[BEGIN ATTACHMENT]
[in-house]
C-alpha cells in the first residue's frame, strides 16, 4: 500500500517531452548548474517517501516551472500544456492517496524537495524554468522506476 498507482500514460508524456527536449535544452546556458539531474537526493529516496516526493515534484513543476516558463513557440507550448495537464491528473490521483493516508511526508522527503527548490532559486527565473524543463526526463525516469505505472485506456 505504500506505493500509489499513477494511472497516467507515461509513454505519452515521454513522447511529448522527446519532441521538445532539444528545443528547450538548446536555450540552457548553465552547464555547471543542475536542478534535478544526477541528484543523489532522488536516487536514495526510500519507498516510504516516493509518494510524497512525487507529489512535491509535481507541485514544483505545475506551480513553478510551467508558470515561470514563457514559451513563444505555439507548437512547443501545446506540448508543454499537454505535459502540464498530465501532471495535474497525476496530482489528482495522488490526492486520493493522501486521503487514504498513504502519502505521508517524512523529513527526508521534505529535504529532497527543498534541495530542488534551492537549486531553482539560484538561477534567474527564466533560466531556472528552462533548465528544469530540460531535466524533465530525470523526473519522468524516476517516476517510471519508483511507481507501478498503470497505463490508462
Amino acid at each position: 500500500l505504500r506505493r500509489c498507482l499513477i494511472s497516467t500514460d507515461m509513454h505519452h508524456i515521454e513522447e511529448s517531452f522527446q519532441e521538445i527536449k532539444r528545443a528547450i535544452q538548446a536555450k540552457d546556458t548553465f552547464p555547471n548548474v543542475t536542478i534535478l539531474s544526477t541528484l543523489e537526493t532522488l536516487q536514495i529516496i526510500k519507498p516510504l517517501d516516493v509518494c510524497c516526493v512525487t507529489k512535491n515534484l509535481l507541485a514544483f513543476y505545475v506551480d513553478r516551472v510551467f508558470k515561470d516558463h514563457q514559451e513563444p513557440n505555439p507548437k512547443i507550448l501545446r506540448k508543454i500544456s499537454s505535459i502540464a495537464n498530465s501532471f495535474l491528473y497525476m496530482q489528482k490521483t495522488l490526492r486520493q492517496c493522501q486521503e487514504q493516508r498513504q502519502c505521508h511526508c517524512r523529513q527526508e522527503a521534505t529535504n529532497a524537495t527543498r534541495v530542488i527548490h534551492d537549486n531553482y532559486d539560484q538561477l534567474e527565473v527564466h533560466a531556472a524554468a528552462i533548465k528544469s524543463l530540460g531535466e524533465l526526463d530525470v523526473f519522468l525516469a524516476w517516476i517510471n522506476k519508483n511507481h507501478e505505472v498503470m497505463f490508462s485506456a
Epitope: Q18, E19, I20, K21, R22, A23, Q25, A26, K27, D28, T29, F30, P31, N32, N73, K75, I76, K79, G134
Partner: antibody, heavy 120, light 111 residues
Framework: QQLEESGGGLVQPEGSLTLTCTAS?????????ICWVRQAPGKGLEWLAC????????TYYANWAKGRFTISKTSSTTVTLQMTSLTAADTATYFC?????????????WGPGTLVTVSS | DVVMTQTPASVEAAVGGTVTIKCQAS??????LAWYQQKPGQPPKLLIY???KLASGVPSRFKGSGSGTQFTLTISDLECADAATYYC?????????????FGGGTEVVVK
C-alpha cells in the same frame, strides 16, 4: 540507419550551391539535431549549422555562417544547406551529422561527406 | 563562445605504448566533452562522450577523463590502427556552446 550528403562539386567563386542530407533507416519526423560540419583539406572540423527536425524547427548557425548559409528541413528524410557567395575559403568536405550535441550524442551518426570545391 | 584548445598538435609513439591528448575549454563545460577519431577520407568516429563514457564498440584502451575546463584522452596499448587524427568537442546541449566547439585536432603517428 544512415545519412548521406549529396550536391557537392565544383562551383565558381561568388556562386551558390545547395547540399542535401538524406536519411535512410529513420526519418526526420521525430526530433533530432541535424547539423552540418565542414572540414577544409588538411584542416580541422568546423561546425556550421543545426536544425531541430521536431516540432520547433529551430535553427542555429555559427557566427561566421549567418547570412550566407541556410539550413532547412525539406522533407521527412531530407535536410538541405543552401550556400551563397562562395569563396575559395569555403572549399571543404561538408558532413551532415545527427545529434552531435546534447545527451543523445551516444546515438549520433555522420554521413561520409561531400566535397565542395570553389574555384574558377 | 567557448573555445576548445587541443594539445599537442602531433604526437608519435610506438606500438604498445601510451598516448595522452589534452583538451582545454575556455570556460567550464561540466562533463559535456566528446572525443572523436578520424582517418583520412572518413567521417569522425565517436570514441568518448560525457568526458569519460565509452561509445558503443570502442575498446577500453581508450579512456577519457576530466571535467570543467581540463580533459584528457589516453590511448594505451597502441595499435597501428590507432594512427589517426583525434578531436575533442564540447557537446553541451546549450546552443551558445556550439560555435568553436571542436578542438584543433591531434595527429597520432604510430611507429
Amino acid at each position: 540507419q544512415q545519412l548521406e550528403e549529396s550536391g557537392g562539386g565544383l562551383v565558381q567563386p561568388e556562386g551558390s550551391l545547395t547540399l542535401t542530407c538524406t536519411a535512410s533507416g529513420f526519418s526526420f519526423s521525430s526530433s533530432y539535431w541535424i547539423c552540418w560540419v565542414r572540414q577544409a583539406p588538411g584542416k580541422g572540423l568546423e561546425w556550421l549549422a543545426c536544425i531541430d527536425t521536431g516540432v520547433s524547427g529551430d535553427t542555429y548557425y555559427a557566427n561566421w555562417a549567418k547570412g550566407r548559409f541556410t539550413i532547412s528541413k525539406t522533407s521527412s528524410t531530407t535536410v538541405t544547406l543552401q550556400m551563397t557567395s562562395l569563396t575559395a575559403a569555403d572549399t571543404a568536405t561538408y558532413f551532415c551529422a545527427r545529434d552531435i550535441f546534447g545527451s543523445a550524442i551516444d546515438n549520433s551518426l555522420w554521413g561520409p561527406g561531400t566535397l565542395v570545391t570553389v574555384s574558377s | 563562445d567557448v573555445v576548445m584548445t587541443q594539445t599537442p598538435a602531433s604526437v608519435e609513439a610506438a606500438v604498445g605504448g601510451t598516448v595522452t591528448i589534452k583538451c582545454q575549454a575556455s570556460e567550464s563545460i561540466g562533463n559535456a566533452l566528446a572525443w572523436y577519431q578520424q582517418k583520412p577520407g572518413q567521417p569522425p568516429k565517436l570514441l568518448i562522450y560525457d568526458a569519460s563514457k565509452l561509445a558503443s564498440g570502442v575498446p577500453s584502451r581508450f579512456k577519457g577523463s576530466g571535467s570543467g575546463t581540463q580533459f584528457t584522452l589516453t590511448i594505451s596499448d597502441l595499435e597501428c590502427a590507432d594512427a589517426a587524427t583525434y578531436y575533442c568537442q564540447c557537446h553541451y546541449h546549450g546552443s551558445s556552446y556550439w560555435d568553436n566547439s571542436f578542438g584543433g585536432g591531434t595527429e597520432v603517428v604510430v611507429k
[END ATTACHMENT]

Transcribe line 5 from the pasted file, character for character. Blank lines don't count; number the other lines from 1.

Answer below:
Partner: antibody, heavy 120, light 111 residues